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Charles Dickens: Barnaby Rudge
Chapter 51 (continued)
If any other corroborative testimony had been required, it would have been abundantly furnished in the actions of Miss Miggs, who, having arrived at that restless state and sensitive condition of the nervous system which are the result of long watching, did, by a constant rubbing and tweaking of her nose, a perpetual change of position (arising from the sudden growth of imaginary knots and knobs in her chair), a frequent friction of her eyebrows, the incessant recurrence of a small cough, a small groan, a gasp, a sigh, a sniff, a spasmodic start, and by other demonstrations of that nature, so file down and rasp, as it were, the patience of the locksmith, that after looking at her in silence for some time, he at last broke out into this apostrophe:--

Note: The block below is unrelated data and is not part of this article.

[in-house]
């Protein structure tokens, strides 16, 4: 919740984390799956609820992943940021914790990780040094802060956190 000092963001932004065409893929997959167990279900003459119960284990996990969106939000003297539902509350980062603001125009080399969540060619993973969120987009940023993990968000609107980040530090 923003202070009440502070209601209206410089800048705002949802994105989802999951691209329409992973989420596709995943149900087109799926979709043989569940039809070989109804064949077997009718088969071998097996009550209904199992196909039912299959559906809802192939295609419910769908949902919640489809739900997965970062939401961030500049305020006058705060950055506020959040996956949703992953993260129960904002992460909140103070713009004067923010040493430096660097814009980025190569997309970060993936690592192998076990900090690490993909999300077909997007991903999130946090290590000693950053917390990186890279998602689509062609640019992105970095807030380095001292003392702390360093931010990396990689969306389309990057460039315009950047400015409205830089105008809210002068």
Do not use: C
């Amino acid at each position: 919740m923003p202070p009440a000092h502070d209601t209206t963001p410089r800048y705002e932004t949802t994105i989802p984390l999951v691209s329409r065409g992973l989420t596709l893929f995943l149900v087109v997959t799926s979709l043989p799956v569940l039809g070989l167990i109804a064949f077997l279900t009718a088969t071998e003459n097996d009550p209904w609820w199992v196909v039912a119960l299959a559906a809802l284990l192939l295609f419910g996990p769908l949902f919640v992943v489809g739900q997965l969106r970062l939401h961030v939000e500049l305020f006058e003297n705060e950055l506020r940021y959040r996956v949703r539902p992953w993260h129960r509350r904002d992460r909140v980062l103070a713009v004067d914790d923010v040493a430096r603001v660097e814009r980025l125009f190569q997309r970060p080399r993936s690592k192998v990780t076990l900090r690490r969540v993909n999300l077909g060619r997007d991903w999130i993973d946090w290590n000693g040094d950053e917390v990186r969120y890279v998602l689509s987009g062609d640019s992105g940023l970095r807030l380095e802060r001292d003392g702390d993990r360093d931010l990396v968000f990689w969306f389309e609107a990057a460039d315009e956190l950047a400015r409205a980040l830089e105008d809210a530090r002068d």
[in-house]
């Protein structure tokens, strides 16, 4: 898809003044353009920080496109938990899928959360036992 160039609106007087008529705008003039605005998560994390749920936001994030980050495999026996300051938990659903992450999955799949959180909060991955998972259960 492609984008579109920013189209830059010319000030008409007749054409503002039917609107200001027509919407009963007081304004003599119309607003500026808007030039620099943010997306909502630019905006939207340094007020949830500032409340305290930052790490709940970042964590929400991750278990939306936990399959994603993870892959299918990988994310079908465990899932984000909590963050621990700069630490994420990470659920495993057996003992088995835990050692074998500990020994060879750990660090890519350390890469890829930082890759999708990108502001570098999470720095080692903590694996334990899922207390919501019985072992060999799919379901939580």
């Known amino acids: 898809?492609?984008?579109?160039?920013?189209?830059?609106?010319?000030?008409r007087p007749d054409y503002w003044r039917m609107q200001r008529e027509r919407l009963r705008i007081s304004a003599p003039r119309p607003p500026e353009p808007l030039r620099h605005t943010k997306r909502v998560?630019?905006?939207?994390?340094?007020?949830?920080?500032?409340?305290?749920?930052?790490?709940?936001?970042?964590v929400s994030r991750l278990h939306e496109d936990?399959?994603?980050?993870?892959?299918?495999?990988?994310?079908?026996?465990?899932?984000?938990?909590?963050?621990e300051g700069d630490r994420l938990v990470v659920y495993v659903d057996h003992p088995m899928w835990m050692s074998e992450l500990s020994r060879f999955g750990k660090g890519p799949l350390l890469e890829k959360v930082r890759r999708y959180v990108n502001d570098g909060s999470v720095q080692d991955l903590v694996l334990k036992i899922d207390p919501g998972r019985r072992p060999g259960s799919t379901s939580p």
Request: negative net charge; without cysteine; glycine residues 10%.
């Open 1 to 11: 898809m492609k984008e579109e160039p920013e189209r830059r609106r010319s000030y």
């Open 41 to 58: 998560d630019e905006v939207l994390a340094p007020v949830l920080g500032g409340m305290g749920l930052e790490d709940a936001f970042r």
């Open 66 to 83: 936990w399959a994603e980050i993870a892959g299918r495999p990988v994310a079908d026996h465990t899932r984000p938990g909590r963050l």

'Miggs, my good girl, go to bed--do go to bed. You're really worse than the dripping of a hundred water-butts outside the window, or the scratching of as many mice behind the wainscot. I can't bear it. Do go to bed, Miggs. To oblige me--do.'
'You haven't got nothing to untie, sir,' returned Miss Miggs, 'and therefore your requests does not surprise me. But missis has--and while you sit up, mim'--she added, turning to the locksmith's wife, 'I couldn't, no, not if twenty times the quantity of cold water was aperiently running down my back at this moment, go to bed with a quiet spirit.'
Having spoken these words, Miss Miggs made divers efforts to rub her shoulders in an impossible place, and shivered from head to foot; thereby giving the beholders to understand that the imaginary cascade was still in full flow, but that a sense of duty upheld her under that and all other sufferings, and nerved her to endurance.
Mrs Varden being too sleepy to speak, and Miss Miggs having, as the phrase is, said her say, the locksmith had nothing for it but to sigh and be as quiet as he could.
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